Wednesday, April 27, 2005

Child Abuse & Society

There's little question that almost every person is in favor of preventing or rescuing children from the grips of abuse and/or neglect. The problem is in DEFINING what conditions constitute abuse and neglect. Throughout our society, there is a wide divergence of opinion and this divergence places caseworkers of state agencies in a less than enviable position.

For some people, the use of any form of corporal punishment (e.g., spanking or slapping) is taboo. Such people believe that striking a child teaches fear, not respect. At the other end of the spectrum are many religious conservatives who hold firmly to the maxim, "Spare the rod, spoil the child". For them, the imposition of corporal punishments represents a manifestation of supreme love.

Between these two extremes is the majority. Yet, even among the general populous, there is no definitive definition of abuse or neglect. Often, the definition is fluid and depends greatly on the specific circumstances involved. In other words, an act that many may feel is excessive or abusive in one specific situation may be viewed altogether differently if one or more variables are changed.

This ambiguity of opinion makes the job of state workers, who investigate allegations of abuse and/or neglect, very difficult. I speak from personal experience as I served as a Caseworker-Child Abuse Investigator for state agencies in Arkansas and Missouri during the 1980s. (I'm trying to get back into this field today.)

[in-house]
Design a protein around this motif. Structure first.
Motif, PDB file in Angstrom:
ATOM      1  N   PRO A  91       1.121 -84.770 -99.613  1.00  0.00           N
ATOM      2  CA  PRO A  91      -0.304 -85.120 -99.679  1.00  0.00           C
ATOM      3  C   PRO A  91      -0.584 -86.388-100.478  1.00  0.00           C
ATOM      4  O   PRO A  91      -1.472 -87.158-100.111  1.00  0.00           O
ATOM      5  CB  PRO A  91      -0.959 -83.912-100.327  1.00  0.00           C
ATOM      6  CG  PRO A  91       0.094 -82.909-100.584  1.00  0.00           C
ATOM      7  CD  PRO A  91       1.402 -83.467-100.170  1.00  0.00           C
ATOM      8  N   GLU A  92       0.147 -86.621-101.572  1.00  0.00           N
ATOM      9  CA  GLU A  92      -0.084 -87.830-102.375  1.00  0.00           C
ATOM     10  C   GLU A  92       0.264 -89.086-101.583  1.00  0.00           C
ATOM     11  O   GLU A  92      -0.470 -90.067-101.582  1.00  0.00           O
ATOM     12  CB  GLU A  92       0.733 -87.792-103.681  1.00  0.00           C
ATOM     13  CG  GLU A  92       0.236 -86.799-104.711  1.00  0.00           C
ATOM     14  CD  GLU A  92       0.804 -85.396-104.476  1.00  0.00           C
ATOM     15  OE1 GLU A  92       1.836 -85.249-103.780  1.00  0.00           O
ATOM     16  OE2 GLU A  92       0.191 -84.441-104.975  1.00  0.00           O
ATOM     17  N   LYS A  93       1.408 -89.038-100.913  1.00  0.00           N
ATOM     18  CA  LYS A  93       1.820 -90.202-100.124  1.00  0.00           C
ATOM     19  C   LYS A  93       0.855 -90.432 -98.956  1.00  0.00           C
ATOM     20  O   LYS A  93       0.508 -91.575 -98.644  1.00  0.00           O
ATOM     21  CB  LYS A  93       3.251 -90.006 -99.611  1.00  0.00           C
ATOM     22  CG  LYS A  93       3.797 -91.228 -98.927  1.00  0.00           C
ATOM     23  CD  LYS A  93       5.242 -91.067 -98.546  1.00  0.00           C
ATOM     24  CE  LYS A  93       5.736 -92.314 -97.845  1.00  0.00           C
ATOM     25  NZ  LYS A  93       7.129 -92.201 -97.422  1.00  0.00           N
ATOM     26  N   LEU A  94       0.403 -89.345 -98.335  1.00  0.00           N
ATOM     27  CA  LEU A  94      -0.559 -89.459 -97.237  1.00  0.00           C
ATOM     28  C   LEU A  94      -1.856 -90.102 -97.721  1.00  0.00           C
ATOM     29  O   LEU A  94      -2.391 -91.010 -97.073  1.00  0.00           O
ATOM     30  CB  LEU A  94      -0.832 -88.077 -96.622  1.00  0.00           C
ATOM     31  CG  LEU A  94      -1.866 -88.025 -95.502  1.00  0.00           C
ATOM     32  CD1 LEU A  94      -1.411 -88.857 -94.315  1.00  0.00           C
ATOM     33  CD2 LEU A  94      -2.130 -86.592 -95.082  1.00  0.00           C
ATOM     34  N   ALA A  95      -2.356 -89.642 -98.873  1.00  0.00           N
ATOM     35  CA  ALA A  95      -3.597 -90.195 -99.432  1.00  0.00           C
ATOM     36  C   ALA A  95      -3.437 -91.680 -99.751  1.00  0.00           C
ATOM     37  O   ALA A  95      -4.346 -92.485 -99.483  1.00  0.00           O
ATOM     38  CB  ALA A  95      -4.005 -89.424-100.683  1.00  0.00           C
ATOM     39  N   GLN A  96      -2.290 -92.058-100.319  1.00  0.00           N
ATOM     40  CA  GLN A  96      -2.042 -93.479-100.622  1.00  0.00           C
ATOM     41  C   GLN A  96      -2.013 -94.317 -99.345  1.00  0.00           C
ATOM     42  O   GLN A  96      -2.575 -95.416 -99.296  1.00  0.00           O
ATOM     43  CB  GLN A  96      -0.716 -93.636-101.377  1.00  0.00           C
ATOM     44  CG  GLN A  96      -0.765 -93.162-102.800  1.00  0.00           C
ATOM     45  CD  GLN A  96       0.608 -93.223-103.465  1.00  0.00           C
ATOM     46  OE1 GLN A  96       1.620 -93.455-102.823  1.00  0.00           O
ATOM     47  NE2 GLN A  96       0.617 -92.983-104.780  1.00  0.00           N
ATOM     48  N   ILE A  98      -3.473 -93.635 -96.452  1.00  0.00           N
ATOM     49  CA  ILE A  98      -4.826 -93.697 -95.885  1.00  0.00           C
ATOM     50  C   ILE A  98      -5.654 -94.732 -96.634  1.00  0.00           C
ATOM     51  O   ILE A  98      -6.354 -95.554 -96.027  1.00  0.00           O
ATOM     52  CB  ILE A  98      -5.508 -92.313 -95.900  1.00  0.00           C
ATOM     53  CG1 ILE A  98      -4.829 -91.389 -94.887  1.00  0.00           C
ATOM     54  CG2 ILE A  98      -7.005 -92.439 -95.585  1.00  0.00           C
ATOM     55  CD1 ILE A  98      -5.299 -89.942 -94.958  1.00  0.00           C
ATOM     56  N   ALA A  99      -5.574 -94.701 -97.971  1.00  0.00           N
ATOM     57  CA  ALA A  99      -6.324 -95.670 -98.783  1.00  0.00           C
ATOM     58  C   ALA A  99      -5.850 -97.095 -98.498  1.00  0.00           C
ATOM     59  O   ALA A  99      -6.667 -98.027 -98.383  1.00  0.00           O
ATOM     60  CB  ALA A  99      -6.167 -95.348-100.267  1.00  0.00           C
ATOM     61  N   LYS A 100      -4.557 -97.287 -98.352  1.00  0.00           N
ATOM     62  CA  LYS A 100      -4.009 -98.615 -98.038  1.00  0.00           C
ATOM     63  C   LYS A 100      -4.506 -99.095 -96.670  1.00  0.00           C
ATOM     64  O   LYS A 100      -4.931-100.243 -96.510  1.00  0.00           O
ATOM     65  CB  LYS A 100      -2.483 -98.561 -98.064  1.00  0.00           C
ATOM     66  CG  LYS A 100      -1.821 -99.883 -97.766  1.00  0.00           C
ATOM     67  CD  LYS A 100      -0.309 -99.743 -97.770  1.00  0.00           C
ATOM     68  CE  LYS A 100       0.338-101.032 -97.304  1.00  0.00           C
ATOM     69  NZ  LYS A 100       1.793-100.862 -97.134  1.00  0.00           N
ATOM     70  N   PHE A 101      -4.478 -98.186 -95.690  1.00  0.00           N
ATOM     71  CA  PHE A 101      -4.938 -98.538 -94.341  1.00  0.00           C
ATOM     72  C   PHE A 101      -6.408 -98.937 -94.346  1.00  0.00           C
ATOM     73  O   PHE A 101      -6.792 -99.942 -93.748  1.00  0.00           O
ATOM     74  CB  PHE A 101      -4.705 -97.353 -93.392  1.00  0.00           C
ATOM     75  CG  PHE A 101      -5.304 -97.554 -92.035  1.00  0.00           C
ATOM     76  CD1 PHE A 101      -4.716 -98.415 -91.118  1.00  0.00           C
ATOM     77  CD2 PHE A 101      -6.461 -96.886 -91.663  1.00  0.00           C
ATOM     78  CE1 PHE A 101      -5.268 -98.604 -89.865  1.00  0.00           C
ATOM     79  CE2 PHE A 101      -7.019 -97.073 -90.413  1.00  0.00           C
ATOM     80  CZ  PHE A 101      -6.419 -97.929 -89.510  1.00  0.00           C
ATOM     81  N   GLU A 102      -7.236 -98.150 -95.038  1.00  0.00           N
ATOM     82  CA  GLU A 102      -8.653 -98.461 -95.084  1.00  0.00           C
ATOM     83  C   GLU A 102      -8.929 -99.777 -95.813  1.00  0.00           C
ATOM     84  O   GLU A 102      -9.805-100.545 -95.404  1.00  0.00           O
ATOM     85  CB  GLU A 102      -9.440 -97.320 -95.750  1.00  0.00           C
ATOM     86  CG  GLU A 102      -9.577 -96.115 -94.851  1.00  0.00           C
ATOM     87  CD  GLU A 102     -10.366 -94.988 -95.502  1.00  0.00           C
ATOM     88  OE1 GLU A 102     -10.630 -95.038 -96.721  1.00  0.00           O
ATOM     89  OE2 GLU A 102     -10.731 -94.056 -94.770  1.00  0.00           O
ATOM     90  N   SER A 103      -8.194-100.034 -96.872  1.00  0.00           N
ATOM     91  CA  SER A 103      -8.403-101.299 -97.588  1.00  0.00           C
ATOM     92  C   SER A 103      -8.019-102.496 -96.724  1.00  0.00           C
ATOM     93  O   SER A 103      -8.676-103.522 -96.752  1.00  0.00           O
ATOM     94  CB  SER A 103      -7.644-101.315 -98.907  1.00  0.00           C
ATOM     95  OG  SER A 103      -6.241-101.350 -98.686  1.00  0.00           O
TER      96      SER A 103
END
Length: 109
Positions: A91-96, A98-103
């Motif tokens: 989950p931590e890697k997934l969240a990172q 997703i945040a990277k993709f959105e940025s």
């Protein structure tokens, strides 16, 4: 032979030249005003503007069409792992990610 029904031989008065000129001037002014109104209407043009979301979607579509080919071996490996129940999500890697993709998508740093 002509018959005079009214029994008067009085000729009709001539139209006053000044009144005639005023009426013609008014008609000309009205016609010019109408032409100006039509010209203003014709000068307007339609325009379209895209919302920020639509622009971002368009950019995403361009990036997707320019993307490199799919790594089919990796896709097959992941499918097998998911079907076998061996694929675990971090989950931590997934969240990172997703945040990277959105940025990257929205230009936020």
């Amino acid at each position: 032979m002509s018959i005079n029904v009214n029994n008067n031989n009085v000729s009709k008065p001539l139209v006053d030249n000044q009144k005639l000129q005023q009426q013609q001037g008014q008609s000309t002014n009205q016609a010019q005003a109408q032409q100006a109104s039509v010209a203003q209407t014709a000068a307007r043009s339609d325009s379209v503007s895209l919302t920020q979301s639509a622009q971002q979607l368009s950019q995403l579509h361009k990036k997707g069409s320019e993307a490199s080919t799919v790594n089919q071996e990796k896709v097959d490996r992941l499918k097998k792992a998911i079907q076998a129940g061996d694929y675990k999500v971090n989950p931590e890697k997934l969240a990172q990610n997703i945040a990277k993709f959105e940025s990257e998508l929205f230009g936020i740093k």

Since most of the allegations investigated are not clear cut and fall within the grey areas both of state standards and public opinion, almost every outcome of such investigations will be wildly applauded by some and severely criticized by others. The role of the Child Abuse Investigator is being perpetually between a rock and a hard place!

And this leads directly to my second point. Not only is there no public consensus on what constitutes abuse and/or neglect, but there is also no public consensus on how far the state should go to protect the best interests of children.

We've all read or heard stories about children who "fell through the cracks". A preventable death or serious injury is reported by the media and it is invariably pointed out that DHS could have or should have intervened. When such stories are made public, there is an instantaneous clamor for tighter standards and oversight of a neglectful state agency.

Yet, for each case of this nature, there are personal stories reported that focus on the other side of the coin. The local newspaper or TV news team (or one of those melodramatic Lifetime movies) depicts a family that has been badgered or somehow harmed by overzealous state workers. Parents and significant others charge that the state has needlessly or maliciously torn their family apart as the result of an [erroneous] child abuse/neglect investigation.

When such stories hit the newswire, there is just as much clamor to reign in state power, cut funding for certain state agencies and/or to provide greater oversight of an overzealous state agency.

Child abuse and neglect is a serious issue confronting society. Until we are able to come to a better consensus as to what constitutes abuse/neglect and how much power we want vested in the state agencies mandated to protect the interests of society's children, no amount of oversight will cure the problem (see previous entry).

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